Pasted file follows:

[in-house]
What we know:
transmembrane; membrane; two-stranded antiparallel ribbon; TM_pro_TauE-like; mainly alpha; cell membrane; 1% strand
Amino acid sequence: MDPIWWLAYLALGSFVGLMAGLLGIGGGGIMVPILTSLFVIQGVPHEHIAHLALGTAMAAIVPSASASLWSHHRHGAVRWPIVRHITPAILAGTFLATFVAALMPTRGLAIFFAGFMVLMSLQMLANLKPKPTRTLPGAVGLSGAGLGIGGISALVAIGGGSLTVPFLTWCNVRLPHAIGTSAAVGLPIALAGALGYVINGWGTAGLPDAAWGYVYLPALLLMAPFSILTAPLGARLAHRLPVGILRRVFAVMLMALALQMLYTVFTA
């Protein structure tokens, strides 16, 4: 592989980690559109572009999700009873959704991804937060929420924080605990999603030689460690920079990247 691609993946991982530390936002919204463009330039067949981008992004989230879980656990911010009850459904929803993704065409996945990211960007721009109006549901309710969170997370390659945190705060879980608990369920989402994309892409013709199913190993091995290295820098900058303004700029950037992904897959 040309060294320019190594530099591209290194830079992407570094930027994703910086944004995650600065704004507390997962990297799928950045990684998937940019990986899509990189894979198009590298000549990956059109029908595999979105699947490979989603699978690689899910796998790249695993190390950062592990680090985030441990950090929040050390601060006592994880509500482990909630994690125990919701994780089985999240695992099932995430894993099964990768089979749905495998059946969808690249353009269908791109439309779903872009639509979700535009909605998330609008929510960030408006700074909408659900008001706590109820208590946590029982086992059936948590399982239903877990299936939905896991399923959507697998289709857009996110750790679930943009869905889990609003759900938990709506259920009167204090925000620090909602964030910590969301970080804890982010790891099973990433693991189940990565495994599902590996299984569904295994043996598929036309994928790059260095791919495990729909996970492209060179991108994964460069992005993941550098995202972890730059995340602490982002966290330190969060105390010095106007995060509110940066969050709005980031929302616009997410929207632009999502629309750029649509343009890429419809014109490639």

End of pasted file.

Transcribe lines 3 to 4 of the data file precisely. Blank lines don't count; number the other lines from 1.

transmembrane; membrane; two-stranded antiparallel ribbon; TM_pro_TauE-like; mainly alpha; cell membrane; 1% strand
Amino acid sequence: MDPIWWLAYLALGSFVGLMAGLLGIGGGGIMVPILTSLFVIQGVPHEHIAHLALGTAMAAIVPSASASLWSHHRHGAVRWPIVRHITPAILAGTFLATFVAALMPTRGLAIFFAGFMVLMSLQMLANLKPKPTRTLPGAVGLSGAGLGIGGISALVAIGGGSLTVPFLTWCNVRLPHAIGTSAAVGLPIALAGALGYVINGWGTAGLPDAAWGYVYLPALLLMAPFSILTAPLGARLAHRLPVGILRRVFAVMLMALALQMLYTVFTA